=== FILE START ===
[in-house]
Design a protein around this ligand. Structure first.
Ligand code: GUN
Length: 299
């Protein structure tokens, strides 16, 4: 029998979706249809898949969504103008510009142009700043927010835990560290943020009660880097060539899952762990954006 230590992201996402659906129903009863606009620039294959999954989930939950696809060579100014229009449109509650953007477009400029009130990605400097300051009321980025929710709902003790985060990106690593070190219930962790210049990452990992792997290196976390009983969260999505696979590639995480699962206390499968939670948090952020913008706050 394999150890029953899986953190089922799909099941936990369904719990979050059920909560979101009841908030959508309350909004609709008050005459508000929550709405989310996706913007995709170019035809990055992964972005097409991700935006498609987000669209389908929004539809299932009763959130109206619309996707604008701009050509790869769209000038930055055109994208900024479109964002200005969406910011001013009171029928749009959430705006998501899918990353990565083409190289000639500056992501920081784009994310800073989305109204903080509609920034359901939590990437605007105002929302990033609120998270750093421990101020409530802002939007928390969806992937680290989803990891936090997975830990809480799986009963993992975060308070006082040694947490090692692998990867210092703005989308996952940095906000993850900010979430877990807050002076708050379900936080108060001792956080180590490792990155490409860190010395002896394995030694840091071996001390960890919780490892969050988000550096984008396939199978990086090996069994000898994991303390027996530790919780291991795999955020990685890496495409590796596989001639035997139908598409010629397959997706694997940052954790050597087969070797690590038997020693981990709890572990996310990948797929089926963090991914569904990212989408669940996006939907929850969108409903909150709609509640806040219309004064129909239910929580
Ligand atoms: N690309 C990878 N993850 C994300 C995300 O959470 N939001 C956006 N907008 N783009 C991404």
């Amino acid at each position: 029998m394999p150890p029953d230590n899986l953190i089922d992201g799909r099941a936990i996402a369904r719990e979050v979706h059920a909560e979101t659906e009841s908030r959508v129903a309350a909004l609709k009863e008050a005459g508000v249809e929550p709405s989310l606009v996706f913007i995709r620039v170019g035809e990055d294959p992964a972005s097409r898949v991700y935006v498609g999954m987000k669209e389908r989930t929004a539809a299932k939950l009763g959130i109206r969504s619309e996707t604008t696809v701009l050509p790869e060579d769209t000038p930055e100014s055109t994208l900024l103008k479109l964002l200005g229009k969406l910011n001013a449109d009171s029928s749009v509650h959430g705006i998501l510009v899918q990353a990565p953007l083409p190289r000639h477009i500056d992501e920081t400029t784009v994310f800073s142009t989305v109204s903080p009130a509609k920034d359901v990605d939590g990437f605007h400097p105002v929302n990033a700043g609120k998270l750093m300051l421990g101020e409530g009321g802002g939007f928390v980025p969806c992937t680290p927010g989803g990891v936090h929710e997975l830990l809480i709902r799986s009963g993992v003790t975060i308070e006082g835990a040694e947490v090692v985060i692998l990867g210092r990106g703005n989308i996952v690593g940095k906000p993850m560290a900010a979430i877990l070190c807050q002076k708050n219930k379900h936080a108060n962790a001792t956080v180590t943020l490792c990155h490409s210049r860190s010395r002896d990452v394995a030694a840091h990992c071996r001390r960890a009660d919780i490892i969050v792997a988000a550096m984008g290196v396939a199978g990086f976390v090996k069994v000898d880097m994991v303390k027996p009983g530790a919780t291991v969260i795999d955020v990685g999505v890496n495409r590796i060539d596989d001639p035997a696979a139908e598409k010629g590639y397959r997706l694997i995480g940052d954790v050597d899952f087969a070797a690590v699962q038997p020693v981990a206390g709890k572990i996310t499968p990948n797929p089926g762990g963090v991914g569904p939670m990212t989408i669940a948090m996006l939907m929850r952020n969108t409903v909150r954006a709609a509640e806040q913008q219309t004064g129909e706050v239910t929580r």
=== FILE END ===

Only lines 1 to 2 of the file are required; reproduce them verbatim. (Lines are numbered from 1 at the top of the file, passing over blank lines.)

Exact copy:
[in-house]
Design a protein around this ligand. Structure first.